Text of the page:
Kansas School Shooting Plot Foiled

The message on MySpace.com about April 20 bring Adolf Hitler's birthday and the seventh anniversary of the Columbine High School massacre read like some adolescent rant of alienation. But then, according to authorities, the message added that students at Riverton High School, in Riverton, Kan., "should wear bullet proof vests and flak jackets" to school on April 20.

By Tuesday, the inflammatory posting was the talk of the school and administrators began to investigate. Michaela Ferneau, a sophomore who was the main target of the attack, told an online friend in North Carolina about the plot. The friend then notified law enforcement.

Five male Riverton students were arrested Thursday on charges of planning a shooting rampage. Cherokee County sheriff's deputies found guns, ammunition, knives and encoded messages in the bedroom of one of the suspects. The boys could face charges of conspiracy to commit first-degree murder.

"Law enforcement was fully justified and acted in an efficient, professional and swift manner," said Phill Kline, Kansas' attorney general.

In the small community of Riverton, a town of 600, the suspects are well-known.

"I mean, it's kind of scary to know that people from a little town like this would even try anything like that," said Ferneau, who was the target because the suspects thought she alerted the school principal of the plot, even though she says she found out from a teacher who overheard the boys plotting.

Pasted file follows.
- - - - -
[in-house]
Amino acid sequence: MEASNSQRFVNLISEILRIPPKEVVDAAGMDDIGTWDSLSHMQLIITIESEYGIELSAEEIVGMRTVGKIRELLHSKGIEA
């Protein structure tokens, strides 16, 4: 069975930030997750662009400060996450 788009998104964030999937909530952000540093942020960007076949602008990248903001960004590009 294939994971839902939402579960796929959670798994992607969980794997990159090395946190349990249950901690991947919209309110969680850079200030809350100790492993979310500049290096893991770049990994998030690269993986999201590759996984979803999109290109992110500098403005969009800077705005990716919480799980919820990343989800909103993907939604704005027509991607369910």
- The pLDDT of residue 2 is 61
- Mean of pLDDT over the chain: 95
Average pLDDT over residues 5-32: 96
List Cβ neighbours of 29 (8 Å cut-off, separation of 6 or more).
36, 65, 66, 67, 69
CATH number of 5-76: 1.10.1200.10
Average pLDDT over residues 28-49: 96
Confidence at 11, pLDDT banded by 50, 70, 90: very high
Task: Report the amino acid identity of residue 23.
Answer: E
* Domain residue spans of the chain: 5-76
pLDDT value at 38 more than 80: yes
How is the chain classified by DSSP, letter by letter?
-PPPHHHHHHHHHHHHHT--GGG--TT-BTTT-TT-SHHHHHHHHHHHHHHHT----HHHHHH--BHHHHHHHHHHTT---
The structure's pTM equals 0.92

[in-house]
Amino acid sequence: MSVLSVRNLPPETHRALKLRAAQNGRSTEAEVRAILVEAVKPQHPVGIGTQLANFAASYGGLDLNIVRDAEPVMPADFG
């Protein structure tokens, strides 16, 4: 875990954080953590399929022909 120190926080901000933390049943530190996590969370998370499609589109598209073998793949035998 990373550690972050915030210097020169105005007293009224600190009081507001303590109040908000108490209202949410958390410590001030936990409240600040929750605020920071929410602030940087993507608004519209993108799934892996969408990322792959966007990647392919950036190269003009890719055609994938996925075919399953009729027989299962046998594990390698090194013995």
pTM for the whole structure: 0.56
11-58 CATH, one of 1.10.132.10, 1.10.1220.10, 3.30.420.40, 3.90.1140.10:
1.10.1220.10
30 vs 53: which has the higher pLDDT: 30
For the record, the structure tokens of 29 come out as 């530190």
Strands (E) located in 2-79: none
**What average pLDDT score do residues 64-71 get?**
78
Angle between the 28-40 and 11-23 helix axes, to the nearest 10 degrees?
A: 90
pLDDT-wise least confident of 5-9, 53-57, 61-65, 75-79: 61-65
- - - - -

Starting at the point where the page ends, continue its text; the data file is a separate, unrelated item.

Trenton Berry, a junior at Riverton High, called the suspects "the oddballs out of the school."

"Really, everybody picked on them and everything," he said.

TJ Stanley, who knows one of the arrested students well, said he "saw a few cases of kids messing with" one of the suspects, but that teachers really got on his case because he was a class clown.

"I think that the pressure of his friends got to him into this situation," said Stanley of the student.

Some students were skeptical that the suspects would have carried out their plan.

"Nobody in this school, I mean that I know of, would really do anything," said Jordan Adams, a freshman at Riverton. "They might talk about it. I think they were just blowing hot air."

But adults were shocked by the foiled plot.

"The kids are afraid to go to school," said Jamie Holman, a parent in Riverton. "We're thinking about homeschool. It's just ridiculous -- you can't send your child to school to learn."

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